COVID-19 and the Future of Immigration
Travel in most areas of the world has been temporarily restricted due to the COVID-19 pandemic. Accordingly, immigration has significantly slowed. For example, the U.S. Citizenship and Immigration Services (USCIS) temporary closed all Application Support Centers, and nonessential travel between U.S. and Mexico has been halted. The U.S. and Canada have also mutually agreed to close their shared border to nonessential travel. This has greatly complicated the already-complicated process of international travel, and regulations related to immigration rules, visas, and ESTA are still changing frequently.
What does this mean for the future of immigration? And what kind of impact could that have?
The Impact of Immigration
Immigration affects a given country in many ways:
Population diversity. Population diversity benefits countries in many ways. The free exchange of divergent cultural ideas and norms leads to more innovative thinking, more ingenuity, and a better understanding of populations around the world.
Targeted population growth. Immigrants often gravitate toward specific areas, due to economic opportunities or because of resource limitations. Accordingly, immigration is often responsible for supporting population growth and other forms of development in underutilized areas of a given country.
Entrepreneurship and economic development. Immigrants are 20 percent more likely to start a small business than a native born person in the United States, and often immigrate in search of economic opportunities. In countries with free markets and available opportunities for entrepreneurship, immigration leads to faster and more robust economic growth.
Refuge and safety. Some people want to live in a different country to escape oppression, tyranny, or danger in their home country. Open immigration and acceptance of refugees allows a greater percentage of the world population to find safe places to live.
Better international relations. Immigration also leads to better international relations. Accepting immigrants from other countries can help a country stay on good terms, internationally. Building up a more diverse population can also lead to a better understanding of other countries’ views and cultures.
Of course, there are some downsides to immigration as well. Monocultures and homogenous populations in countries with restricted immigration enjoy some benefits that countries with lax immigration policies can’t replicate.
That said, immigration is largely positive, economically and socially, on a global scale as well as for individual countries. The temporarily increased immigration restrictions is likely influencing some large-scale negative impact.
So where does it go from here?
The Return to Normalcy?
One vision for the post-pandemic future is a gradual return to normalcy. The general plan, from the outset, has been to temporarily invoke closures and restrictions, then gradually reopen in a phased approach. If followed precisely, this would mean gradually reopening international borders and an eventual return to “normalcy.”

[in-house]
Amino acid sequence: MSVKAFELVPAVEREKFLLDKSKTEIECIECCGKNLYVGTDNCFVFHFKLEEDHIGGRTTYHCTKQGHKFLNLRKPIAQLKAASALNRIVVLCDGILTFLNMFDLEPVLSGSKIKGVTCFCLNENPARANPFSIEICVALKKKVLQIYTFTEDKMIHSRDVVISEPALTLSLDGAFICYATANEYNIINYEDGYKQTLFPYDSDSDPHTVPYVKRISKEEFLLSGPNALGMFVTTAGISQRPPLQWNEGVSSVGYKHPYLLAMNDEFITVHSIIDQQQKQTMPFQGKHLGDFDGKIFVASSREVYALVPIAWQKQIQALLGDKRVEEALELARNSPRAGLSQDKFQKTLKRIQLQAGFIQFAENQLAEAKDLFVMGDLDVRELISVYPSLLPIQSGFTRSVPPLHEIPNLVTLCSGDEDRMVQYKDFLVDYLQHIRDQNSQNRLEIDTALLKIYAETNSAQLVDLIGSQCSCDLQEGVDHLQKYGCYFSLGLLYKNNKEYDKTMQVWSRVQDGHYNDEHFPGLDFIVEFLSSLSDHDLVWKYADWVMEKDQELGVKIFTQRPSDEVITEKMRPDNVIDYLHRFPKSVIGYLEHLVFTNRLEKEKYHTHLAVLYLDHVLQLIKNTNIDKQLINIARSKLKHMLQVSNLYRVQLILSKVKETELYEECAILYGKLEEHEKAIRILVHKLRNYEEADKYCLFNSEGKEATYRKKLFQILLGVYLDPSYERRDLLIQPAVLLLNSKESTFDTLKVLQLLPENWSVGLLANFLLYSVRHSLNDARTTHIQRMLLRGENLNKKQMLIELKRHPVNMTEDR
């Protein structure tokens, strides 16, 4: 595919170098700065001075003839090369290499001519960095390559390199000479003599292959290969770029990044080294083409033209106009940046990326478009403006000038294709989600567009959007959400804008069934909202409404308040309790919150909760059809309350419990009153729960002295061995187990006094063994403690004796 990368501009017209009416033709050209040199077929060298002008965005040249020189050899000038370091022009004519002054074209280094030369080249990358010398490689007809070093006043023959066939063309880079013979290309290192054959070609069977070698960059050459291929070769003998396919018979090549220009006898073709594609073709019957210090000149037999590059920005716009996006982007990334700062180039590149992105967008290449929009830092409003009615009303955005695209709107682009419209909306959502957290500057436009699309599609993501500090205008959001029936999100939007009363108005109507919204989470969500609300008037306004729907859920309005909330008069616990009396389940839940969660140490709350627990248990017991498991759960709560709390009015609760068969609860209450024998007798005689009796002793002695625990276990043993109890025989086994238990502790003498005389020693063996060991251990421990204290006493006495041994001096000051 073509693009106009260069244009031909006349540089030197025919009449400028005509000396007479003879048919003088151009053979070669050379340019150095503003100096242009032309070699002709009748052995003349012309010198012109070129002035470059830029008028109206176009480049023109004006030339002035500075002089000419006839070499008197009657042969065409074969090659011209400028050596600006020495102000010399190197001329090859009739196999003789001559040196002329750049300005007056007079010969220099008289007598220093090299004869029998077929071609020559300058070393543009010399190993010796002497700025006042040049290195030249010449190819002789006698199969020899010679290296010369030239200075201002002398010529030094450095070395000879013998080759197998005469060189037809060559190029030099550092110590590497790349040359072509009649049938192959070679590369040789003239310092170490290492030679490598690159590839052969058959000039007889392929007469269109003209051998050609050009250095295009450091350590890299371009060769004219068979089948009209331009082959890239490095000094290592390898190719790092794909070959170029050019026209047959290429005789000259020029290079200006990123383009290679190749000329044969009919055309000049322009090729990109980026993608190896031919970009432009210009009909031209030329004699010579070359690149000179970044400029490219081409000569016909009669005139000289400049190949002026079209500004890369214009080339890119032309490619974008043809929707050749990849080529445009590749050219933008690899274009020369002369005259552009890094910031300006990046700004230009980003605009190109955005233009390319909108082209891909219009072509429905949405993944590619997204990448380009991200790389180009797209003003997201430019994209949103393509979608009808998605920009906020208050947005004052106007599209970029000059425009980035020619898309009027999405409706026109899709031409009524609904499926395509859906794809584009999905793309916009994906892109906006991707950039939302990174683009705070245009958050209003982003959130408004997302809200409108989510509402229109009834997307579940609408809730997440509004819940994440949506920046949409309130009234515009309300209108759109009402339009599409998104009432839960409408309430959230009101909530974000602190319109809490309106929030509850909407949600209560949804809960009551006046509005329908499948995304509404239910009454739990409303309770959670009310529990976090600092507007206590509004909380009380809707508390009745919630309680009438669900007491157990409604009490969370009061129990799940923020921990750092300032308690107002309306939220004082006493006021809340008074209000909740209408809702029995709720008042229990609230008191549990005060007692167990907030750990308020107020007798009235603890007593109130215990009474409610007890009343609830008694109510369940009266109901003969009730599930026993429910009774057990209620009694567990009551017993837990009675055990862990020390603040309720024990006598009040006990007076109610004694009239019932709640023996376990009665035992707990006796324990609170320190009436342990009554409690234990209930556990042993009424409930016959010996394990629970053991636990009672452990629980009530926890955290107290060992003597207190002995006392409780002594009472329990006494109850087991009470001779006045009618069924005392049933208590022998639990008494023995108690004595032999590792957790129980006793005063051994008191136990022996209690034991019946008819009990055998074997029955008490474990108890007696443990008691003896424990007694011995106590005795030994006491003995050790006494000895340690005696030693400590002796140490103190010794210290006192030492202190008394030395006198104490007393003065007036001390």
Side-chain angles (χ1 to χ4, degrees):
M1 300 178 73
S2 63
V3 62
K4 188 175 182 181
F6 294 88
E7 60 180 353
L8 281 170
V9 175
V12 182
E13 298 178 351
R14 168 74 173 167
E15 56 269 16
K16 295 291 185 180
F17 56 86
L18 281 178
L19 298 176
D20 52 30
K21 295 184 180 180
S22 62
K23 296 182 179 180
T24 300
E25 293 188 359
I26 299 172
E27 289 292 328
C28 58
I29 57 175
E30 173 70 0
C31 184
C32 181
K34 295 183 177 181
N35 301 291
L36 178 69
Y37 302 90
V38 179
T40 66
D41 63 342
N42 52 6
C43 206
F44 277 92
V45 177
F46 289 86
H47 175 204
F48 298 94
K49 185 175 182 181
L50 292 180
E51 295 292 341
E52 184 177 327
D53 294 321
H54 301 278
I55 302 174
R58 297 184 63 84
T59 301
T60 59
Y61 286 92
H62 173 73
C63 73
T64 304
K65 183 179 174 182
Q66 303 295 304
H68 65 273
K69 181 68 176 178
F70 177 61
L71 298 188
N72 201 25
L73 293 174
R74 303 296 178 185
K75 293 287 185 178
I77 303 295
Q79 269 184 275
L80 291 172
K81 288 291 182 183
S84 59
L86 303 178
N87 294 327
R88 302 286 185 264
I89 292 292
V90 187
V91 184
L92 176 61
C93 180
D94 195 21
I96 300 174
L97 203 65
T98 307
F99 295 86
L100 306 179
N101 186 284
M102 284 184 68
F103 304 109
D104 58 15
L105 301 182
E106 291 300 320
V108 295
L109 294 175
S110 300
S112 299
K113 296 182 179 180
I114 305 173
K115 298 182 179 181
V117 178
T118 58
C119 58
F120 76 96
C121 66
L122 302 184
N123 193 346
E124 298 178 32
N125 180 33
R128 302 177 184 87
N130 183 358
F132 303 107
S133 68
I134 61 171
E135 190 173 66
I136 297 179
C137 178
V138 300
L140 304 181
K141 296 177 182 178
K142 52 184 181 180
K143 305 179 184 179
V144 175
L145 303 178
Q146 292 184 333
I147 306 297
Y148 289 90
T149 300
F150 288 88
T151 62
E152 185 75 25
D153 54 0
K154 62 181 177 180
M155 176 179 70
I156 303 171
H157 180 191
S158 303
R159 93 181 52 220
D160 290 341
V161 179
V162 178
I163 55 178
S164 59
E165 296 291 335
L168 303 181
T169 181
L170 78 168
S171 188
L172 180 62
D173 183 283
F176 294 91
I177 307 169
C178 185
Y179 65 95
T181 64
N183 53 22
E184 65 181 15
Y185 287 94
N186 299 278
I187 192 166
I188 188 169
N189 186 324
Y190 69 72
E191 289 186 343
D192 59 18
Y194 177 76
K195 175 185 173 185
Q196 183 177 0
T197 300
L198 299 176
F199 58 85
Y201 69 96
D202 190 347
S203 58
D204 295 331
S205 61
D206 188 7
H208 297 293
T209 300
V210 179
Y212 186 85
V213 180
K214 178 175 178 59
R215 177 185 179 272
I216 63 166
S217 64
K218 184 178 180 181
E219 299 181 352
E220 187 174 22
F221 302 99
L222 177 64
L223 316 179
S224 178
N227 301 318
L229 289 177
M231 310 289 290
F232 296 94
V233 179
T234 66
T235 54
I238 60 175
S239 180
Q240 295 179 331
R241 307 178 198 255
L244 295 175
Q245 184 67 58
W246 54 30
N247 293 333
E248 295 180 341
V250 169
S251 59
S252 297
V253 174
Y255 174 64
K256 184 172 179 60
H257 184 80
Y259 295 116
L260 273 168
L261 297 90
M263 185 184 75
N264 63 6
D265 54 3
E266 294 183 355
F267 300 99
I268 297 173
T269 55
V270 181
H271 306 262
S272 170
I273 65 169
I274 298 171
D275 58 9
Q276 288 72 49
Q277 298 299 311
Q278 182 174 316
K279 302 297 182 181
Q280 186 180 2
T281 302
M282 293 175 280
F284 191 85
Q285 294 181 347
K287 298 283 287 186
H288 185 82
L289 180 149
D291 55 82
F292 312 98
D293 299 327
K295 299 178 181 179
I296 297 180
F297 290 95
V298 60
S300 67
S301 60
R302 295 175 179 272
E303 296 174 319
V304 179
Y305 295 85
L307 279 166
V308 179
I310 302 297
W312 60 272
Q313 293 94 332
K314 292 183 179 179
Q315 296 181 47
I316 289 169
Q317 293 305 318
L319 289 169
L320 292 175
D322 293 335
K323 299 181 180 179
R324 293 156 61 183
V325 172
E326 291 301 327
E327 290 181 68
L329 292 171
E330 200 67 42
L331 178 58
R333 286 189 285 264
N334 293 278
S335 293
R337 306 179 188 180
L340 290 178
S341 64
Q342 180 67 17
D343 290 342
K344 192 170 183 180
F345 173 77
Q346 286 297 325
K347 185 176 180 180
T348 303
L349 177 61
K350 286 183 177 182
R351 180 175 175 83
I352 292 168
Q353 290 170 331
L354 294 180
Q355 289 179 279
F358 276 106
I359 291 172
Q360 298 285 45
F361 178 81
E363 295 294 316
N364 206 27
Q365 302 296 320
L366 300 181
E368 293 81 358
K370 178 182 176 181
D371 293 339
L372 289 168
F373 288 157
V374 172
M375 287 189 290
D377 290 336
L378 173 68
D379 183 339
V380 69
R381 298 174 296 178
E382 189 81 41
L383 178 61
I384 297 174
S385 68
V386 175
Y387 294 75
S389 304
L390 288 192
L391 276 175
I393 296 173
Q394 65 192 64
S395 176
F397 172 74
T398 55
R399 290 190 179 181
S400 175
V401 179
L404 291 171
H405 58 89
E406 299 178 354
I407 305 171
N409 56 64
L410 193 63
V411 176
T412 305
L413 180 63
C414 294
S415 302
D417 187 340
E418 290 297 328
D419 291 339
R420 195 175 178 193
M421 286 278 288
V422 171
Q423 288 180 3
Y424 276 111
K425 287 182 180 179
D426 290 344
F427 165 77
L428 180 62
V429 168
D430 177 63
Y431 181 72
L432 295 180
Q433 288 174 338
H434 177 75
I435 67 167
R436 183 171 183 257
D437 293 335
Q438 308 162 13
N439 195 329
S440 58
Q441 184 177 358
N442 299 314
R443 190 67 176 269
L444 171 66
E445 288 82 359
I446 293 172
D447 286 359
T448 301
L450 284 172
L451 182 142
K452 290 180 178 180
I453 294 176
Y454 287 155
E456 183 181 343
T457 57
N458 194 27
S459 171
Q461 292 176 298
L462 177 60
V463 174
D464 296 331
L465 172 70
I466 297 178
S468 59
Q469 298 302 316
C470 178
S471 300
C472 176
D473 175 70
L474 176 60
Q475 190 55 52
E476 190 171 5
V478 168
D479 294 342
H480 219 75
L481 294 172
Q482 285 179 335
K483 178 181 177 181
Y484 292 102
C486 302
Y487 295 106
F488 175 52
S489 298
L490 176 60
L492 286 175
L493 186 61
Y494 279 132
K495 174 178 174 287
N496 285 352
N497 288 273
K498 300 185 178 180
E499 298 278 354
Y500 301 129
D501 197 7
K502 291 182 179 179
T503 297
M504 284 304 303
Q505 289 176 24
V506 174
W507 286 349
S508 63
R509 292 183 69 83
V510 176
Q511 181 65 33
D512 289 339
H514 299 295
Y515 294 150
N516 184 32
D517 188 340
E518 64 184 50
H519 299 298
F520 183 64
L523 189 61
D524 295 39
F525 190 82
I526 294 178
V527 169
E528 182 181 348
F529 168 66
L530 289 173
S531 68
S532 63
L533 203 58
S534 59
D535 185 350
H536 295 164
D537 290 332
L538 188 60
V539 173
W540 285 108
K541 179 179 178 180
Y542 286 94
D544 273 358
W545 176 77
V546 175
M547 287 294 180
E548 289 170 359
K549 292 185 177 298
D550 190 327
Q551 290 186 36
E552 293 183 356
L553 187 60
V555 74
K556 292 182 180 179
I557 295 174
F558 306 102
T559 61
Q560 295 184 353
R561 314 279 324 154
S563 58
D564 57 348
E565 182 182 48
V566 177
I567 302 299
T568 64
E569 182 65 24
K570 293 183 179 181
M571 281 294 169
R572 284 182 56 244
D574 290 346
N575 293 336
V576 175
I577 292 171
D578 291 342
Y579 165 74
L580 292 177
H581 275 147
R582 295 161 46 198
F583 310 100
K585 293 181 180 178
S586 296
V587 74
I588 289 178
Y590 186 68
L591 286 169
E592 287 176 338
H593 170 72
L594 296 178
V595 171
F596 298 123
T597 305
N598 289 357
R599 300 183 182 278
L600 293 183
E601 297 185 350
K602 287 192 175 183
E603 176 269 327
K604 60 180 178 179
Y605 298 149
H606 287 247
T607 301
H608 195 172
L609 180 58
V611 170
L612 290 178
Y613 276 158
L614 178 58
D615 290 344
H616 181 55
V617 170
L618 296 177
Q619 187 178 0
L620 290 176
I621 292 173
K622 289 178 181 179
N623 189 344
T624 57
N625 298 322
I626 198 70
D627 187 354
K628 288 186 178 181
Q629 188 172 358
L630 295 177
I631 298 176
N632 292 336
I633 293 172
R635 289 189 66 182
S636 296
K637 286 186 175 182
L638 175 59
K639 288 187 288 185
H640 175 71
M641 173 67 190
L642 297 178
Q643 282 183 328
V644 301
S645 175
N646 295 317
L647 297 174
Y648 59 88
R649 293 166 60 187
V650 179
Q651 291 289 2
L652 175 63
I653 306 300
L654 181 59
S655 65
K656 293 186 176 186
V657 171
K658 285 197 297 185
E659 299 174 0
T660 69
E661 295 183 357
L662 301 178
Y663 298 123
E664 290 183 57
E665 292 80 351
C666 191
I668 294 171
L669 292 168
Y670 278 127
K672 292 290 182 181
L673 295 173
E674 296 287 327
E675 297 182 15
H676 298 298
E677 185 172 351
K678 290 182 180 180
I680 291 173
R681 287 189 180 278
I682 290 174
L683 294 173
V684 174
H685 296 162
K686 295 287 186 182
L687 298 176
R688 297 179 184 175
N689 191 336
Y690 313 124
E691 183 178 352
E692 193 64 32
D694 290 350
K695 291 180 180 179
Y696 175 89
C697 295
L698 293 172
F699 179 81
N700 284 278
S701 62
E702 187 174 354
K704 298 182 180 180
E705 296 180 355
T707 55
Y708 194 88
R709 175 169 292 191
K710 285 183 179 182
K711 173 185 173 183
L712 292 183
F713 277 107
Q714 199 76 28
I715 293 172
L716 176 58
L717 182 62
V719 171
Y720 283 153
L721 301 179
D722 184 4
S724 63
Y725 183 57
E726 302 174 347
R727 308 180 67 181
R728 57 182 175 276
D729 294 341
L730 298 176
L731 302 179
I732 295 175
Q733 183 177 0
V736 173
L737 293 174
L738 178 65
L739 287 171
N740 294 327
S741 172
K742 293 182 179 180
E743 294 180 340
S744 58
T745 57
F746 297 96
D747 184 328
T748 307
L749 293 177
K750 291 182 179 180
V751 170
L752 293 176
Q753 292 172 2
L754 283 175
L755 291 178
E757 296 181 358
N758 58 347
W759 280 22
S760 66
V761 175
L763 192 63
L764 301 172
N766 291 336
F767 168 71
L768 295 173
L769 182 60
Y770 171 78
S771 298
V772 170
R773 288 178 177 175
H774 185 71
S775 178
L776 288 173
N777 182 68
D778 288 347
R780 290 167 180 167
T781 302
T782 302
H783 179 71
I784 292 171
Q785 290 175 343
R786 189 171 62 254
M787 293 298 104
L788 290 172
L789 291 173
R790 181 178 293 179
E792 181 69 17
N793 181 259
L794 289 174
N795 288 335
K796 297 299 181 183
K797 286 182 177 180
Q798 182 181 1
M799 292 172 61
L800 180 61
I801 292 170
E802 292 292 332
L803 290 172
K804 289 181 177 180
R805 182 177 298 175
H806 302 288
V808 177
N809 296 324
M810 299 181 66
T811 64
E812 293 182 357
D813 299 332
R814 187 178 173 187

However, the return to normalcy has proven to be more difficult than originally anticipated. In states like Texas and Florida, bars and restaurants were tentatively reopened, only to close down a few weeks later in response to increasing infection rates. If this is the case, immigration could be halted for a much longer period of time than originally thought.
There’s also a case to be made that the COVID-19 pandemic could lead to some major changes in immigration activity. Some people may be more reluctant to travel internationally in the wake of such a threat. The total number of people interested in immigrating, worldwide, may suffer a small decline.
Additionally, the reputation of specific countries may be changing, either enticing more immigrants or steering them away; countries with robust healthcare programs and a mature, directed response to the COVID-19 pandemic will undoubtedly be more attractive than those with high death rates and minimal healthcare for their citizens.
With the understanding of how much a pandemic can disrupt “normal” systems, national agencies around the world may attempt to rework their immigration policies, aiming to create a better, more streamlined system. Rather than relying on extensive in-person checks and long, bureaucratic documentation processes, immigration could benefit from a mostly digital, easy-to-follow approach.
It’s hard to say exactly how immigration will change long-term in response to the COVID-19 pandemic, in part because it’s still uncertain how immigration policies will evolve in the coming months. However, we know that immigration is an important feature of countries around the world and right now, it’s heavily restricted.
This article does not necessarily reflect the opinions of the editors or management of EconoTimes